Meaning & Trust: Scholarship in Web 2.0

By Steven R. Garcia

Of the many themes discussed in our course, the subject of effectively using the digital medium has shared center stage with arguments on credibility and accessibility. What exactly ‘qualifies’ as digital history? How does the scholar combine academically-rigorous research, compelling narratives, and theses with a digital archive, podcast, or web blog? In short, how is that data interpreted or experienced differently online as opposed to, say, having been read in a book or a traditional print article? And, furthermore, is it worth investing in these new mediums? While my personal answer is a resounding ‘yes,’ that’s not the case entirely in some of our readings this week. Two in particular, Lev Manovich’s article “Database as a Genre of New Media” and Nina Simon’s “Discourse in the Blogosphere,” show varying degrees of excitement and trepidation at the thought of structuring vast quantities of data into meaningful narratives on the web. Initially, I thought, why is this a problem? The internet provides (and has provided over the course of its existence) a great many tools and resources for educators and scholars to share or access new knowledge. From the snobbiest subscriber-model journal to your every-day high school teacher, both ends of the academic spectrum make use of the web for scholastic purposes on a regular basis.

Then, I remembered a brief discussion about digital history and hyperlinks.

I think, in great part, our discipline’s engagement with digital media has moved past (although not entirely) from labeling a list of links or some articles posted online as ‘digital history.’ I realize then that this simplistic use of the web as storage and as repository, the same mode of thinking that Manovich writes about when he debates the duality between data and algorithm or database and narrative, is still pertinent as a standard today. By standard, I refer to the metrics by which we judge ourselves and other academic content creators on the web today. Hypothetically speaking, can we as a scholars give praise to a website that only collates information and presents it as a series of blue, underlined links, albeit well organized? Obviously, the answer is no — but it then begs the question of creating narrative, of giving meaning to chunks of data. Nowadays, the means to do so are much more readily available. From WordPress to Omeka, the ability to easily start-up a website, online exhibit, archive, etc. has, compared to the past, never been easier. Furthermore, weaving in a narrative (especially with a program like Omeka) to a large body of pictures, videos, documents, and links too has never been easier.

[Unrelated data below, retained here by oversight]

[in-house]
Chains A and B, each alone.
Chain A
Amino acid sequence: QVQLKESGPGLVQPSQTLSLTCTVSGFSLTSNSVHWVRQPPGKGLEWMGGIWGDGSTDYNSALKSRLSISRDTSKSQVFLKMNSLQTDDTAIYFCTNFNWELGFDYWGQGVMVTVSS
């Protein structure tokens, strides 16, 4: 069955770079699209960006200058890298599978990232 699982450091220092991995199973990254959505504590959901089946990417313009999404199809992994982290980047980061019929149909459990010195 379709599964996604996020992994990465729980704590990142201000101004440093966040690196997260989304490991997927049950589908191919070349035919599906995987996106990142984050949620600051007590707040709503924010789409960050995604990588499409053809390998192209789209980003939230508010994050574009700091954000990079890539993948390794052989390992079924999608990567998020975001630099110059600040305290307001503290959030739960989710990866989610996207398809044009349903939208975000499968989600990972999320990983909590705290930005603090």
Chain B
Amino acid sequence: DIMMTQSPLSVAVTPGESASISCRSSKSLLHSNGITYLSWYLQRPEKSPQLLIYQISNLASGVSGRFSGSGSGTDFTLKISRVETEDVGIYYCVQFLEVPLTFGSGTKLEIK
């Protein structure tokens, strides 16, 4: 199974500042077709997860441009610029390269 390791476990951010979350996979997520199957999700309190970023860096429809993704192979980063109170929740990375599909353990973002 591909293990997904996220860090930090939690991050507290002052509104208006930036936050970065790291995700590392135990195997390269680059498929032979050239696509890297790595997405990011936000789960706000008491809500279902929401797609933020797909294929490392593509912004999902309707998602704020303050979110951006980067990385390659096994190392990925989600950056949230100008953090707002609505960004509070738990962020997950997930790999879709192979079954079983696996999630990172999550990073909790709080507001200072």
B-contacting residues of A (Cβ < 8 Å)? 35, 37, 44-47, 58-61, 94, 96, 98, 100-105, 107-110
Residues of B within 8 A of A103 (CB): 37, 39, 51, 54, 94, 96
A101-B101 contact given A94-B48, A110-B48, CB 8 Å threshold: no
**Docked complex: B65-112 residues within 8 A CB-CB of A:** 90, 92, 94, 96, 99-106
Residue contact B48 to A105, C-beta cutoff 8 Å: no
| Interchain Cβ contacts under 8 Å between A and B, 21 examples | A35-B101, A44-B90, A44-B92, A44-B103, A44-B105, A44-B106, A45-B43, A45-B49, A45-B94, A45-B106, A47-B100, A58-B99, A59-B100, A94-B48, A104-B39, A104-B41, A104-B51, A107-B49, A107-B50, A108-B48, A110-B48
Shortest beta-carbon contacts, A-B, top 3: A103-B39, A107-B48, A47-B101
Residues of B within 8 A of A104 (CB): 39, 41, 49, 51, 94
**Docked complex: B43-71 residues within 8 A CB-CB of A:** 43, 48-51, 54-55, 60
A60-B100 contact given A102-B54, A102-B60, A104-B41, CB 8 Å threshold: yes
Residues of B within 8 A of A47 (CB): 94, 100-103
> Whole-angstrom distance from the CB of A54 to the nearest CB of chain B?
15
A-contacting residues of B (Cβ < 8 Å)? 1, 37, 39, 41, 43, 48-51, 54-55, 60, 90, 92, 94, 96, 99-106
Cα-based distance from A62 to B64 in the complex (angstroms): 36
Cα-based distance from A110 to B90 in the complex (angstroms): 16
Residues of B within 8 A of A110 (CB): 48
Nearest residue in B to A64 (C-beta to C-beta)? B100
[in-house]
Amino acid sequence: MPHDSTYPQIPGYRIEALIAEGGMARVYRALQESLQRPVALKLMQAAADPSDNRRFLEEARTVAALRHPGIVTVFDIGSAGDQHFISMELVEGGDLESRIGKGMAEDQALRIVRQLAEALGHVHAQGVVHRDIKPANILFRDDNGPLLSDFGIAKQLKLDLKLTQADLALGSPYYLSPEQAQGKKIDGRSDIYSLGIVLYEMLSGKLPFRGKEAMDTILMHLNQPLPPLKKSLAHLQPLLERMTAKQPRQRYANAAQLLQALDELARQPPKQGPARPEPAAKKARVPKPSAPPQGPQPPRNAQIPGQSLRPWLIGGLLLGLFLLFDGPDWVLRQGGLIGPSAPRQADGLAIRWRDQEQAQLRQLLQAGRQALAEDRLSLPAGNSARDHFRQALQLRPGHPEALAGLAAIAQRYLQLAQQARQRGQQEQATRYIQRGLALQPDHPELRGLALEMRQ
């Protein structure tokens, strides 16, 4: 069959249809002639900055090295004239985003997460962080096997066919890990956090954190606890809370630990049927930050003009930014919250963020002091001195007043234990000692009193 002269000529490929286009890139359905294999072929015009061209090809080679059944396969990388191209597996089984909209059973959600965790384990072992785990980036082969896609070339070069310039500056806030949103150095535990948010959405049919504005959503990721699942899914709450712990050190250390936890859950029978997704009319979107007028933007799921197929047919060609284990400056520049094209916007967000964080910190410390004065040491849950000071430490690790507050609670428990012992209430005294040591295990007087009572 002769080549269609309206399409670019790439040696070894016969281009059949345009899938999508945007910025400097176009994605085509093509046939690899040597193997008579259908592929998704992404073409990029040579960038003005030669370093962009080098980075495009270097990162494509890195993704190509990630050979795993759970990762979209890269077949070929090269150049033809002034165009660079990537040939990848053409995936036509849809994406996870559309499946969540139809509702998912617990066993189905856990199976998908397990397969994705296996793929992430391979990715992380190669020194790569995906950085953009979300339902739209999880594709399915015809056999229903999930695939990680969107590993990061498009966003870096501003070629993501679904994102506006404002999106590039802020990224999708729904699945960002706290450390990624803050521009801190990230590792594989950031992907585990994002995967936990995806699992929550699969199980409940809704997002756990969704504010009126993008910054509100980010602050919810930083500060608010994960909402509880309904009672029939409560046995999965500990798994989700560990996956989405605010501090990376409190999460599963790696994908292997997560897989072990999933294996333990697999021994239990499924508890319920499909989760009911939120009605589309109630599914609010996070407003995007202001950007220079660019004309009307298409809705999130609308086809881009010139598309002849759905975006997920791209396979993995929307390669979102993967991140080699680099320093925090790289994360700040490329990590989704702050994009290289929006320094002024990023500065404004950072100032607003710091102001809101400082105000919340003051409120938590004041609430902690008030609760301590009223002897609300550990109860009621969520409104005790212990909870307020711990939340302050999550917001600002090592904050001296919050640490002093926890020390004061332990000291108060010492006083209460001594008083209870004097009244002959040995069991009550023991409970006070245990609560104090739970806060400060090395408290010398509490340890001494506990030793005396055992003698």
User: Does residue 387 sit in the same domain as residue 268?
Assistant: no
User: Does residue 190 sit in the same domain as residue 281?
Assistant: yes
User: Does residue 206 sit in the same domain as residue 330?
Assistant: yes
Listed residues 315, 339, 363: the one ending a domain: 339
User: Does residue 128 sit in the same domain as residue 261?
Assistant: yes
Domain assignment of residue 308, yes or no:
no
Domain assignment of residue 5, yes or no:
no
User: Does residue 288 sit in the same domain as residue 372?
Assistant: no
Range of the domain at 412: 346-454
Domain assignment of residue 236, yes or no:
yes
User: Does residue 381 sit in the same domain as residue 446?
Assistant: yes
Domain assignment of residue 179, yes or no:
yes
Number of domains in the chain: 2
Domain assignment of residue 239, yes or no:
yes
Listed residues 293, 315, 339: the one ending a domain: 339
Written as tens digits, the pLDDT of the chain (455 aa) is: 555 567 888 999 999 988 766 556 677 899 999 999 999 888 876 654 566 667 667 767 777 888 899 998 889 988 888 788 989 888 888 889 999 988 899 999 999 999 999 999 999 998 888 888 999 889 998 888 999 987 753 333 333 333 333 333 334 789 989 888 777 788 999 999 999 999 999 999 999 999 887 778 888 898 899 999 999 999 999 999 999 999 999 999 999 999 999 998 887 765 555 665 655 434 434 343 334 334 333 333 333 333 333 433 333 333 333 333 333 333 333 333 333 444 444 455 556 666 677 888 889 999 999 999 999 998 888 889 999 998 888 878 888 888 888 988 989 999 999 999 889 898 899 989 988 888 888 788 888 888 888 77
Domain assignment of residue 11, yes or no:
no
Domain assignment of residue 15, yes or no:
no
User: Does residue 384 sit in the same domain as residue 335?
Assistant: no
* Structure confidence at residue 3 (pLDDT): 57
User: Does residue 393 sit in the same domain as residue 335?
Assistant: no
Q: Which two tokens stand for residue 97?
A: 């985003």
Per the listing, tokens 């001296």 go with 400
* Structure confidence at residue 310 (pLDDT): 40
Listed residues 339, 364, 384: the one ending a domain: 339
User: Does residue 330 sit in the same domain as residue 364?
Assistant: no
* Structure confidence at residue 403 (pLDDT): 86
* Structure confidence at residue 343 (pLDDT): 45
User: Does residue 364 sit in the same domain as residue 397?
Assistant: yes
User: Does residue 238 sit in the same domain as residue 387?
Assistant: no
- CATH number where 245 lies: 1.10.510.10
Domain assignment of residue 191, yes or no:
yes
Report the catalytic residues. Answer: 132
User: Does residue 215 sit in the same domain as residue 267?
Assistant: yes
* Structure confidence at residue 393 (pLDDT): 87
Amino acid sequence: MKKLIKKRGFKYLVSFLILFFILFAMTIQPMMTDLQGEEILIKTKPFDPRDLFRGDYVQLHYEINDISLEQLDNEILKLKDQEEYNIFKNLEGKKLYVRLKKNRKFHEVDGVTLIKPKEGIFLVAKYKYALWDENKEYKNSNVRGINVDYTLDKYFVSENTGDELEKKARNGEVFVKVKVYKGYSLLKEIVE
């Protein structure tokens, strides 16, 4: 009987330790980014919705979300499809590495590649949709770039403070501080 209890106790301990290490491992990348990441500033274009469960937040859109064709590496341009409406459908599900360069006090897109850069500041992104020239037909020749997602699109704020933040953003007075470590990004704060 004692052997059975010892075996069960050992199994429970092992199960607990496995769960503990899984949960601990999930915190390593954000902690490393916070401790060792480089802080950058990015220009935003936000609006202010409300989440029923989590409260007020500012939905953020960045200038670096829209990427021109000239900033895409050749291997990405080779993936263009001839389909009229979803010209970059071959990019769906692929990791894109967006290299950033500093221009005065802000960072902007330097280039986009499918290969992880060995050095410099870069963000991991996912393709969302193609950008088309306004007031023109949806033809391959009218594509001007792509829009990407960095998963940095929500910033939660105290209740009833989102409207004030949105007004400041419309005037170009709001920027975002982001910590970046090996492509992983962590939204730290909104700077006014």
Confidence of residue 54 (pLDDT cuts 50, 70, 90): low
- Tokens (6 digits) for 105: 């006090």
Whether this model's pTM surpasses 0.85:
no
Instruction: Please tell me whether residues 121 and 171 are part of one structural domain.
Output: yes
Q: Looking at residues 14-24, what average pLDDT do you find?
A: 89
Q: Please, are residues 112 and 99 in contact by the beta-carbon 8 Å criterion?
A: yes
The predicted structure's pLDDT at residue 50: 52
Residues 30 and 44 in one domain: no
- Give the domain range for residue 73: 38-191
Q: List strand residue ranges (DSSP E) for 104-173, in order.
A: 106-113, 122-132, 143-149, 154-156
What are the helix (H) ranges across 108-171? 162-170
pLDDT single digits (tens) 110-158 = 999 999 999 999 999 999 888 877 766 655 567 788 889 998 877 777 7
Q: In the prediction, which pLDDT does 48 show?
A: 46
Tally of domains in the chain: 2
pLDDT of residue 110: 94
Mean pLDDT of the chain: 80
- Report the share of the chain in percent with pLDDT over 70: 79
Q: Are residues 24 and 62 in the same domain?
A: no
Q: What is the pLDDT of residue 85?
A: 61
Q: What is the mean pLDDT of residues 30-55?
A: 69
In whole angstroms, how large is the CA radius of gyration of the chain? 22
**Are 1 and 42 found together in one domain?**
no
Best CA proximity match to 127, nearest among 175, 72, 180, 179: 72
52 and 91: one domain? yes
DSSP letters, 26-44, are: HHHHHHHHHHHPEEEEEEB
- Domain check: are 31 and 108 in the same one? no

Still, there are other valid concerns. We can talk all we want about accessible programs to create compelling scholarship that combines a wealth of academic research with easy-to-use and navigate web tools, but both Manovich and Simon (to a greater degree) caution against loose definitions of the user and user input. Manovich questions the user’s ability to appreciate or interpret narrative through the database, stating that users can just as easily “[access] different elements, one after another, in a usually random order,” meaning then that “there is no reason to assume that these elements will form a narrative at all.” Put another way, Simon warns against “the troll, the spammer, the grump who enjoys abusing other users and embarrasses the host institution” of online databases, archives, or museums. In both cases, Manovich and Simon question the productiveness of producing databases or archives and opening them up to the online populace. The range, they may rightly fear, is too great to create any one cohesive narrative — to generate meaning. But, it is here where I disagree and echo Simon’s sentiments. Much like she argues in her piece, I think that we’ve moved past fears of online backlash from trolls or haters — there are systems in place to mitigate that. Instead, there’s a sort of relationship between the content creator and the user, where both equally contribute to the creation of narrative and meaning in online databases and archives. In the end, by allowing this back-and-forth to occur do we as scholars arrive at creating any sort of meaningful narratives as a means of organizing our scholarly data via digital mediums.

In searching for a counter to Manovich, I found a blog on this debate between storytelling and databases. Although I already stated that I concur with Simon’s approach to ‘user-generated narrative,’ guided by the hand of a scholar (i.e. the digital historian), this piece suggests something similar. Link:


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